Can you take NMN orally? Or only sublingually?

What’s the best, most effective way to take NMN?

Orally? Sublingually (melting it under the tongue)?

Or is NMN only available through injection?

Some people claim that NMN cannot be taken orally. Others claim you have to take it sublingually and that just swallowing a pill is not going to cut it.
These claims are based on outdated information.


Recent research shows that NMN can be taken orally. You also don’t have to take NMN sublingually: you can take it orally. NMN is well-absorbed taking it by mouth.

In earlier studies, NMN was injected directly into the peritoneal (abdominal) cavity in mice. Many people inferred from this that NMN cannot be administered orally.

However, more recent studies show that when NMN is added to the drinking water or chow of mice, they absorb the NMN very well.

The NMN ends up in the bloodstream, and increases NAD+ levels in the cells of mice (NMN is converted into NAD+, the molecule that is partly responsible for the health effects of NMN, given NAD+ is an important cofactor for sirtuins and PARPs, proteins that repair DNA and reduce inflammation, among other effects).

Also, the mice consuming the NMN in their drinking water or chow experienced all kinds of health benefits, like improved blood vessel health, endurance, insulin sensitivity, body weight, immune function, bone density, eye function and mitochondrial metabolism (R,R,R,R).


It was also previously thought that NMN could not be absorbed directly by the cells.

It was thought that NMN could not cross the cell membrane intact in order for the cells to take it up: NMN first needed to be converted into NR outside the cells, and then the NR would be taken up by the cells (it would cross the cell membrane), to be subsequently converted back into NMN inside the cells.

Recent research shows that there are, however, NMN transporters in the cell membrane, that can take up the NMN directly (R,R). Scientists believe it is very likely that humans even have various other NMN transporters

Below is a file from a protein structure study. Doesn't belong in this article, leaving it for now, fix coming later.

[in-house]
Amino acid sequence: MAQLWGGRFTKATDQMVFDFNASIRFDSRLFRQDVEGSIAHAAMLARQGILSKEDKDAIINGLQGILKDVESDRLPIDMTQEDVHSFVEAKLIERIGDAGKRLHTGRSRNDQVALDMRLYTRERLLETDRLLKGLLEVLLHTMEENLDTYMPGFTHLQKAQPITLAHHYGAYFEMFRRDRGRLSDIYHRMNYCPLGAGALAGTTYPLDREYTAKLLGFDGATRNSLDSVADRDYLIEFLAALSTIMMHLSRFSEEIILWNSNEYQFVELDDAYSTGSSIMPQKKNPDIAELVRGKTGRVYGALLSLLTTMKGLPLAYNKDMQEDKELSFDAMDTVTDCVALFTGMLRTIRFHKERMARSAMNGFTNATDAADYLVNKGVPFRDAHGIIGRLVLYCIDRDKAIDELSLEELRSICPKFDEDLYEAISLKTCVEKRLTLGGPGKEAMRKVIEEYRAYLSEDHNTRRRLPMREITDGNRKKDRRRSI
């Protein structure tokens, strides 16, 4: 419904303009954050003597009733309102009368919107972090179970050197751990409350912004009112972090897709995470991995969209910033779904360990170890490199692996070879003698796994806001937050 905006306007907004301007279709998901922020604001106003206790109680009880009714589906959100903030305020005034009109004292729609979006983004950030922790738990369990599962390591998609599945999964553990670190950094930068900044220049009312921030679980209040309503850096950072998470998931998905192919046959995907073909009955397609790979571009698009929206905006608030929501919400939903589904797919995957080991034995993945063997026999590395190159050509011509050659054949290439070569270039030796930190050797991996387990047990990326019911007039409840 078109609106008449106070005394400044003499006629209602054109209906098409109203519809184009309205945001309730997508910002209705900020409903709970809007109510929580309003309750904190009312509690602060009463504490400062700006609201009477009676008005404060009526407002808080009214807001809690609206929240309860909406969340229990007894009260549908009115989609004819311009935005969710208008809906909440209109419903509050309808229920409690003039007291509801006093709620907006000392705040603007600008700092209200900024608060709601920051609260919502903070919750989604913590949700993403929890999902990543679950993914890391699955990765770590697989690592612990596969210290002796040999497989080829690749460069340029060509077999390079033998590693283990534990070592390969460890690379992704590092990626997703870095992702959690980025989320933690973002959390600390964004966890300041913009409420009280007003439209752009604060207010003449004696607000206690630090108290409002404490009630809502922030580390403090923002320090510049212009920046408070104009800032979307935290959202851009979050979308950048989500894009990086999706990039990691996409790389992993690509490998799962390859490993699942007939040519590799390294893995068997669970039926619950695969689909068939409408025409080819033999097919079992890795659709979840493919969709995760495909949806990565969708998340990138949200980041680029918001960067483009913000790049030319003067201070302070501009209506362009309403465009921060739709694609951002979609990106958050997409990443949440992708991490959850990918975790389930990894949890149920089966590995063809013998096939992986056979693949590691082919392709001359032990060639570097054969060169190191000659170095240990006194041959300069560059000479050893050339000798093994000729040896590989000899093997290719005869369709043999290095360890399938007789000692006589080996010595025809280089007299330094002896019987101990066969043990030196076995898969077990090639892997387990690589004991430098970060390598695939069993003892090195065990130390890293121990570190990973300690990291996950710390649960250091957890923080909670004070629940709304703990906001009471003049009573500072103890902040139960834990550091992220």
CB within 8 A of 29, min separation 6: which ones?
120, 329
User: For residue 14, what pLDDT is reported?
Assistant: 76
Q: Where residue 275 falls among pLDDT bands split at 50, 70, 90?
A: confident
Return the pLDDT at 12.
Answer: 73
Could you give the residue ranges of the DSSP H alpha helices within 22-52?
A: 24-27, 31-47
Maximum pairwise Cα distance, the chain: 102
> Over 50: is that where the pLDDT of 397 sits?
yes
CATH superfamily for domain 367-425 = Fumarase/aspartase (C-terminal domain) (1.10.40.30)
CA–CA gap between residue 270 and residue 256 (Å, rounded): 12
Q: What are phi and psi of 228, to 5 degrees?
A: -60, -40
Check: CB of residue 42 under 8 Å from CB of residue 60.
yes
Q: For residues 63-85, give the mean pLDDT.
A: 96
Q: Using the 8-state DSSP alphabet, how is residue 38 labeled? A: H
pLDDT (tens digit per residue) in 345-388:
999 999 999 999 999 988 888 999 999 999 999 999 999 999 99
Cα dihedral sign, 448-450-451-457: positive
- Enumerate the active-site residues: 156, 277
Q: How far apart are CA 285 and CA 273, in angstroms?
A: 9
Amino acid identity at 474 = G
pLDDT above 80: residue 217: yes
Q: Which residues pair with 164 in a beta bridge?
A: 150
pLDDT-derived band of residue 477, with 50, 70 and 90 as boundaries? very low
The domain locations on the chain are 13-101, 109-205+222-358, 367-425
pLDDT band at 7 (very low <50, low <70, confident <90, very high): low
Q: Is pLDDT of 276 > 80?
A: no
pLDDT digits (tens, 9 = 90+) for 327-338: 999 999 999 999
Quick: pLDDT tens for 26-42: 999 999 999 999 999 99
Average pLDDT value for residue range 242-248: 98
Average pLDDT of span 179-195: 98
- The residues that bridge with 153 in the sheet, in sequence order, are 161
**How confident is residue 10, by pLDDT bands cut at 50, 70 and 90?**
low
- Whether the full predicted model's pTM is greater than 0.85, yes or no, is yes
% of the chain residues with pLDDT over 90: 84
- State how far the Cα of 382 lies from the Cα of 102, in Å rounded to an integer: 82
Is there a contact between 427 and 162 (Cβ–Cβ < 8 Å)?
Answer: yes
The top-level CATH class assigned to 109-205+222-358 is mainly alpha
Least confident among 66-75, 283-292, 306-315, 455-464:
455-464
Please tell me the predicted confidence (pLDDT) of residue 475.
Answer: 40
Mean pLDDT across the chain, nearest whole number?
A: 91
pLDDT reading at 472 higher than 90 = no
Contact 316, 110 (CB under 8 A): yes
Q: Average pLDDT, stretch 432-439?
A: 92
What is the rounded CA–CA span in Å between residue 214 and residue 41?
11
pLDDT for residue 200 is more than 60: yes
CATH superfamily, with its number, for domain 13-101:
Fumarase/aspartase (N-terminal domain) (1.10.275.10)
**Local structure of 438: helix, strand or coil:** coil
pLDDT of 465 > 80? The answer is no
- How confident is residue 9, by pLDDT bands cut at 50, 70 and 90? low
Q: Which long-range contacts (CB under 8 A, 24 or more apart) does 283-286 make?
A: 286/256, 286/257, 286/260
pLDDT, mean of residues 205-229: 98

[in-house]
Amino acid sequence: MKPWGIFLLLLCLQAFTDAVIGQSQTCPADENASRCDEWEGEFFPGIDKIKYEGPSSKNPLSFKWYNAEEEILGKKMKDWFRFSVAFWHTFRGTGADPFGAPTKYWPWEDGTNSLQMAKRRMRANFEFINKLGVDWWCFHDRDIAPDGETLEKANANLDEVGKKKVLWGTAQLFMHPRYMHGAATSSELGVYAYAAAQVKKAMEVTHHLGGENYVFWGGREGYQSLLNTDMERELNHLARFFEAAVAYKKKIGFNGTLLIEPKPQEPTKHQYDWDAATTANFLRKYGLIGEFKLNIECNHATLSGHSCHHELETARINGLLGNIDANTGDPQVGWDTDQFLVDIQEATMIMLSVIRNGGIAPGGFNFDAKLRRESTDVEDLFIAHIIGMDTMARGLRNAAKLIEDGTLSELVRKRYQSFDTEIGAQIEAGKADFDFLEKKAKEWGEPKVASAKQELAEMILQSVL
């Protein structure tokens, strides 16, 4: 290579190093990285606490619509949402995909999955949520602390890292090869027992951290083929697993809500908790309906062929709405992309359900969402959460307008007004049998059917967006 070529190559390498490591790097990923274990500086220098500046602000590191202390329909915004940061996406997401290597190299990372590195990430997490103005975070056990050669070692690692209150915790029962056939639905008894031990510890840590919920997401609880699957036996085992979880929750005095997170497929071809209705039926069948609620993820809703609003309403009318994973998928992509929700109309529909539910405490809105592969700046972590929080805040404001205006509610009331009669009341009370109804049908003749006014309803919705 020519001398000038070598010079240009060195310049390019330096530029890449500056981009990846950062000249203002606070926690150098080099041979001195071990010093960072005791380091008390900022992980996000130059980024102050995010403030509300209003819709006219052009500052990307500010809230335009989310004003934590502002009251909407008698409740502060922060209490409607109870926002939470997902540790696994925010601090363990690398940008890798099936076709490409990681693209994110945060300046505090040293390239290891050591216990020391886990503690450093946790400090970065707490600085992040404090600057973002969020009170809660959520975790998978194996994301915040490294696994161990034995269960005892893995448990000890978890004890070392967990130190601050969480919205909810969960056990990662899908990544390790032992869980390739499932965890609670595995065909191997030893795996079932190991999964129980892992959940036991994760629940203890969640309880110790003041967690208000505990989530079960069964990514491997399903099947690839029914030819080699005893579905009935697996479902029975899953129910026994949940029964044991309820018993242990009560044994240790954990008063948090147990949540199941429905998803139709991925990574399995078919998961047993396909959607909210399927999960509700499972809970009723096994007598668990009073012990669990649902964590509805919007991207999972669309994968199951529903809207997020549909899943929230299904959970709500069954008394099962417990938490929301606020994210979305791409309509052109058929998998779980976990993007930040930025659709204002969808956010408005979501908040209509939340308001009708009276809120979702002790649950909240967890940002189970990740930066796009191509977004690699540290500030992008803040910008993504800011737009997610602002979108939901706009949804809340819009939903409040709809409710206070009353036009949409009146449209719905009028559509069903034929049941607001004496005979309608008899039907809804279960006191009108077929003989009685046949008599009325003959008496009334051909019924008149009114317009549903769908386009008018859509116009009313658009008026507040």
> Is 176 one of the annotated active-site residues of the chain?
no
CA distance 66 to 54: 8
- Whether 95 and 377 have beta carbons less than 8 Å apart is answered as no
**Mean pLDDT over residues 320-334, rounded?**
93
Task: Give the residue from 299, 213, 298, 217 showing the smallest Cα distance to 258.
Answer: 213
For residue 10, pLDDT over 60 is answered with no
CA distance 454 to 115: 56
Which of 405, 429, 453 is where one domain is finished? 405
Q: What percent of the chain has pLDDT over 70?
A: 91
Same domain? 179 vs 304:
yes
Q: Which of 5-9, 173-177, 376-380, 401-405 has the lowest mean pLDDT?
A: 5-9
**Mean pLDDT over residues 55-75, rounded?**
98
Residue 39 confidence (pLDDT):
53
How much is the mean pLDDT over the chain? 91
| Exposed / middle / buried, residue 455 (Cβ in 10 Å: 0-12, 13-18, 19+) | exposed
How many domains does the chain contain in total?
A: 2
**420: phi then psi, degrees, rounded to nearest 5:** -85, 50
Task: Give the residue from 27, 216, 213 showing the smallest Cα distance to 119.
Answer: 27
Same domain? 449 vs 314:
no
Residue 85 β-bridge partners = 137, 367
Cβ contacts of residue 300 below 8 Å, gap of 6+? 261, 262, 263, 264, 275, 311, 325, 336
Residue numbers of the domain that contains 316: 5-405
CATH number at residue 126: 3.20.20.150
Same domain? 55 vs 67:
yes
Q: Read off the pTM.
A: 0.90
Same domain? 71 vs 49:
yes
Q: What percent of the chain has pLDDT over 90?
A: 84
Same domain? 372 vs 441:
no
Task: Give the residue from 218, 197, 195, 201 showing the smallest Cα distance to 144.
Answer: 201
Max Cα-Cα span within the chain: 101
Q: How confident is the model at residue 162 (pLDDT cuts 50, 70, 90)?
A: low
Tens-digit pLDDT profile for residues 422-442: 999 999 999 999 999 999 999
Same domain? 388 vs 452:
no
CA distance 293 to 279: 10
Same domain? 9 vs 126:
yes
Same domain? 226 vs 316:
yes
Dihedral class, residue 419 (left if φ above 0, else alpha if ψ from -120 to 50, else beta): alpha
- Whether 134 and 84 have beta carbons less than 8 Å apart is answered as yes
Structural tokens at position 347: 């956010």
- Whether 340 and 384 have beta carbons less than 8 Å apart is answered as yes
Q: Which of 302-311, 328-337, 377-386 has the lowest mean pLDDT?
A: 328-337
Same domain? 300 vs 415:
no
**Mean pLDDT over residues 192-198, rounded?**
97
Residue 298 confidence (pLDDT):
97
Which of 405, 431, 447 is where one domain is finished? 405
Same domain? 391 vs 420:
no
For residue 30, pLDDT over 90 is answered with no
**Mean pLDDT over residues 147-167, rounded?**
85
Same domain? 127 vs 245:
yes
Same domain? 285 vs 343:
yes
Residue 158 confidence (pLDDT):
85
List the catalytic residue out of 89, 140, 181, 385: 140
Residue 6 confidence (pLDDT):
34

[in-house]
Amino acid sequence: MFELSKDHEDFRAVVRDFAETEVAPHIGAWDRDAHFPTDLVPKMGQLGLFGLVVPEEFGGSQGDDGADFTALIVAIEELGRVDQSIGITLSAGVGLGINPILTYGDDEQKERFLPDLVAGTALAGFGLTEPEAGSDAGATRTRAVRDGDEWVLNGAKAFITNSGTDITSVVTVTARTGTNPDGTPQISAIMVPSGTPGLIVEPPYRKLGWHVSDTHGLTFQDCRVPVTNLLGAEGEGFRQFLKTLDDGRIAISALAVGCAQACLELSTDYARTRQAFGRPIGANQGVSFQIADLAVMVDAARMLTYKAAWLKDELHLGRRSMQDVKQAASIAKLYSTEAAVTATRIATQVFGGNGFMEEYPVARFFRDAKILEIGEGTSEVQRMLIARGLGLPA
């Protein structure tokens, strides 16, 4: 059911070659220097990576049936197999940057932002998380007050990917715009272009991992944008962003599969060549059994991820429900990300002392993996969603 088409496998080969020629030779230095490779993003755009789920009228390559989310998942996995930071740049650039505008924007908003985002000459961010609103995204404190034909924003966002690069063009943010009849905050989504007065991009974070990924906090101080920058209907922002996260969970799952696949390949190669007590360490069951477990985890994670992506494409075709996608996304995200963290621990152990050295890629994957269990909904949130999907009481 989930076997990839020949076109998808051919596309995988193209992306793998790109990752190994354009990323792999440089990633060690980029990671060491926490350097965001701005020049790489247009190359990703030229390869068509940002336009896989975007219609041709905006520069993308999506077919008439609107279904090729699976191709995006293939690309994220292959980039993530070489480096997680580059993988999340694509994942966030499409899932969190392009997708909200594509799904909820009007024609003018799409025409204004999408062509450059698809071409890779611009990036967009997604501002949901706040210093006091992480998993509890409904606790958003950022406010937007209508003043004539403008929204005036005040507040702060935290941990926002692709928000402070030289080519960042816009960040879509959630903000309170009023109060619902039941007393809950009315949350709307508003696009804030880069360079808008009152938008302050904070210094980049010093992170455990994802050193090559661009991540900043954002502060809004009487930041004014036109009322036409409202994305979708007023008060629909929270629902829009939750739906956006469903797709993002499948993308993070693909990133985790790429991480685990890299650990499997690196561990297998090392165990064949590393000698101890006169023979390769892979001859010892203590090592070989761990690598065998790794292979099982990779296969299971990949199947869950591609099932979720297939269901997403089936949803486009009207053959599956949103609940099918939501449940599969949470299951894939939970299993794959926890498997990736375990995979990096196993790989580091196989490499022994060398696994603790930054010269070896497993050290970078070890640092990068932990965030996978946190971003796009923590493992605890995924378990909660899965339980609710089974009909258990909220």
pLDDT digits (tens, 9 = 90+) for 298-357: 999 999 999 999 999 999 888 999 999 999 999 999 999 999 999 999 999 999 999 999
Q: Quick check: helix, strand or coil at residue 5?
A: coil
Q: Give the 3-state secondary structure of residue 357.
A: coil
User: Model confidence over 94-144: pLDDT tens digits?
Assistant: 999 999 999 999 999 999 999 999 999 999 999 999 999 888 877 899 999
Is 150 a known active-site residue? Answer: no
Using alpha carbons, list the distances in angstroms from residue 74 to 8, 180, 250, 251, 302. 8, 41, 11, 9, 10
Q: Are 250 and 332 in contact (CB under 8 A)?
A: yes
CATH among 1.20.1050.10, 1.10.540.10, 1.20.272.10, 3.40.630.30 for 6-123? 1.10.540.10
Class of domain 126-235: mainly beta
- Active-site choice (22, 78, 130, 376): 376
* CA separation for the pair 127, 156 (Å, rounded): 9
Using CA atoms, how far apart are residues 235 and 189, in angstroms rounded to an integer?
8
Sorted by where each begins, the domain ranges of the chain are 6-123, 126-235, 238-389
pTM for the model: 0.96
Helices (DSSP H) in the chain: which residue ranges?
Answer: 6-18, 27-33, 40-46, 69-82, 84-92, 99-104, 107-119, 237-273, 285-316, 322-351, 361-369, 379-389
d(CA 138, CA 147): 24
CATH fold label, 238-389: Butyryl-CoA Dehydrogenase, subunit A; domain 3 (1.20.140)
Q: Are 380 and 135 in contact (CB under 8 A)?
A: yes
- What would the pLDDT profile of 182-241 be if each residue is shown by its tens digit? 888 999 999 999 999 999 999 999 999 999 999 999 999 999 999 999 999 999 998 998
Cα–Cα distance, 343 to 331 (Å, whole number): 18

The uptake of NMN into cells is in fact distracting us from something much more important: does NMN actually ends up in the blood circulation, and is it stable enough in the blood? (So it can be taken up into cells?)
NMN is stable in the gut and absorbed very well.

Interestingly, NMN is much more stable than NR (nicotinamide riboside) in both the gut and blood.

Most NR already in the gut is converted into nicotinamide. The little NR that is absorbed from the gut into the bloodstream is immediately broken down in the liver into nicotinamide before it reaches the systemic circulation.

Of course, given nicotinamide is also a precursor to NAD+, NR can increase levels of NAD+. But, NR does this indirectly (in other words, one could also take nicotinamide to achieve almost a similar effect).

In contrast, NMN seems to stay intact for much longer in the gut and blood.

Learn more about the difference between NR and NMN here.


We know that not only mice, but also other animals, such as horses, can take up orally-provided NMN and subsequently experience various health effects due to the NMN (studies not yet published).

Famous NMN researchers, like professor David Sinclair from Harvard University, take NMN orally. For example, David Sinclair adds his NMN every morning to his breakfast yogurt, as he explains in his book “Lifespan“.

In summary, NMN can be taken orally. It is absorbed in humans by the gastrointestinal system, and reaches organs and cells. We shouldn’t be too surprised by this, given NMN is a small and relatively stable molecule.

So enjoy your NMN in your food or in a pill, no need for pricier sublingual tablets or even worse, needles!

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These statements have not been evaluated by the Food and Drug Administration. This product is not intended to diagnose, treat, cure, or prevent any disease.